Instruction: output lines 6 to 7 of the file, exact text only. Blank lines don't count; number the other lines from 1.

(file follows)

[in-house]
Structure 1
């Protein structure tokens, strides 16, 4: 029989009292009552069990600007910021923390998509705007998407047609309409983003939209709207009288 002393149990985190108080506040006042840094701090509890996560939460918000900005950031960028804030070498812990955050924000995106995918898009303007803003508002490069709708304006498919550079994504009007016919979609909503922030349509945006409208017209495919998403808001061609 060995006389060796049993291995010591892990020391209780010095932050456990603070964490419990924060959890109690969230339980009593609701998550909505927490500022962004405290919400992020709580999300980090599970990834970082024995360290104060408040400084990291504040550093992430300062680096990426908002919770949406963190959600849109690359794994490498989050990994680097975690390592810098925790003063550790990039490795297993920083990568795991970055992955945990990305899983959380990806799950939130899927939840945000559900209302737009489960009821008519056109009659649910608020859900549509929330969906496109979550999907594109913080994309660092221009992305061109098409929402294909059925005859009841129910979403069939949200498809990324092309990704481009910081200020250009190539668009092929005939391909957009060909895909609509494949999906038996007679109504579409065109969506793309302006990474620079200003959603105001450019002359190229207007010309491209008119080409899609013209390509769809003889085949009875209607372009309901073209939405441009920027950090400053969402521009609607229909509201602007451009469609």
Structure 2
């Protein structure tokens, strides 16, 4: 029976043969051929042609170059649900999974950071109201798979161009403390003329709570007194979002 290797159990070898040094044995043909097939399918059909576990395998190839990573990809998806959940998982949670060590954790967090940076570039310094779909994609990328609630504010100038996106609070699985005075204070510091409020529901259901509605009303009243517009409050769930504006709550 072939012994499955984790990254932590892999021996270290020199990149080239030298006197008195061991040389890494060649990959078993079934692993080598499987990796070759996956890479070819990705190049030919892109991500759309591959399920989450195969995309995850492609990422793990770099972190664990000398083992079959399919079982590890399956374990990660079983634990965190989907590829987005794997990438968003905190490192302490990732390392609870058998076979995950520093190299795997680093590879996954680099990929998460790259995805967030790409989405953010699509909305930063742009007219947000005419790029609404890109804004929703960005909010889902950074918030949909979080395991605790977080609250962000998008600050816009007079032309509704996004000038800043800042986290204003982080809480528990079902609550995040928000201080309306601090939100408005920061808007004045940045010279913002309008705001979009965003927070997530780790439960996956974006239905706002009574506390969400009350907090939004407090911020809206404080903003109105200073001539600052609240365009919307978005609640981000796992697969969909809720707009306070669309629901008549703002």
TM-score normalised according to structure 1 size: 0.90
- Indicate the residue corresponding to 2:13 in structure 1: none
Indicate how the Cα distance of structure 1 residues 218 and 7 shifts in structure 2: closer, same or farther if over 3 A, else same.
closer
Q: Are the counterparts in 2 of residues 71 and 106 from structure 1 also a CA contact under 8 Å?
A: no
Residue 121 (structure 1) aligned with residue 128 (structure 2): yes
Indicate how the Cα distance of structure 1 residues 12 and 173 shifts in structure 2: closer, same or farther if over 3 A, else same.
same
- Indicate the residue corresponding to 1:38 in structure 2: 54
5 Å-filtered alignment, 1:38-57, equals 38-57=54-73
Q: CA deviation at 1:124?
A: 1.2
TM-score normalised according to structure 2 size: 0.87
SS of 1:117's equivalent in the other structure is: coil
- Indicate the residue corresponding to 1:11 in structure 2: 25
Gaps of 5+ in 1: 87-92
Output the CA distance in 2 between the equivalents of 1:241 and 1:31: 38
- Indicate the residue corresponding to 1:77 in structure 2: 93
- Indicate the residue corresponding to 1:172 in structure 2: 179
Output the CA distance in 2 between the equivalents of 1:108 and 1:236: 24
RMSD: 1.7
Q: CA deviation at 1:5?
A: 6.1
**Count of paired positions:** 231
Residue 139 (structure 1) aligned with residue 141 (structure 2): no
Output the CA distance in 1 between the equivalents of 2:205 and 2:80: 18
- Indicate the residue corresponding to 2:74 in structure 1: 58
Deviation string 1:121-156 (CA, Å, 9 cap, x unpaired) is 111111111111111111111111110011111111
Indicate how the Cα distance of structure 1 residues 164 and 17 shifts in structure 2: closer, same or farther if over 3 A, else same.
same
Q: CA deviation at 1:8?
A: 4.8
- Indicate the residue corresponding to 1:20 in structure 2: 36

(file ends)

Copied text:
TM-score normalised according to structure 1 size: 0.90
- Indicate the residue corresponding to 2:13 in structure 1: none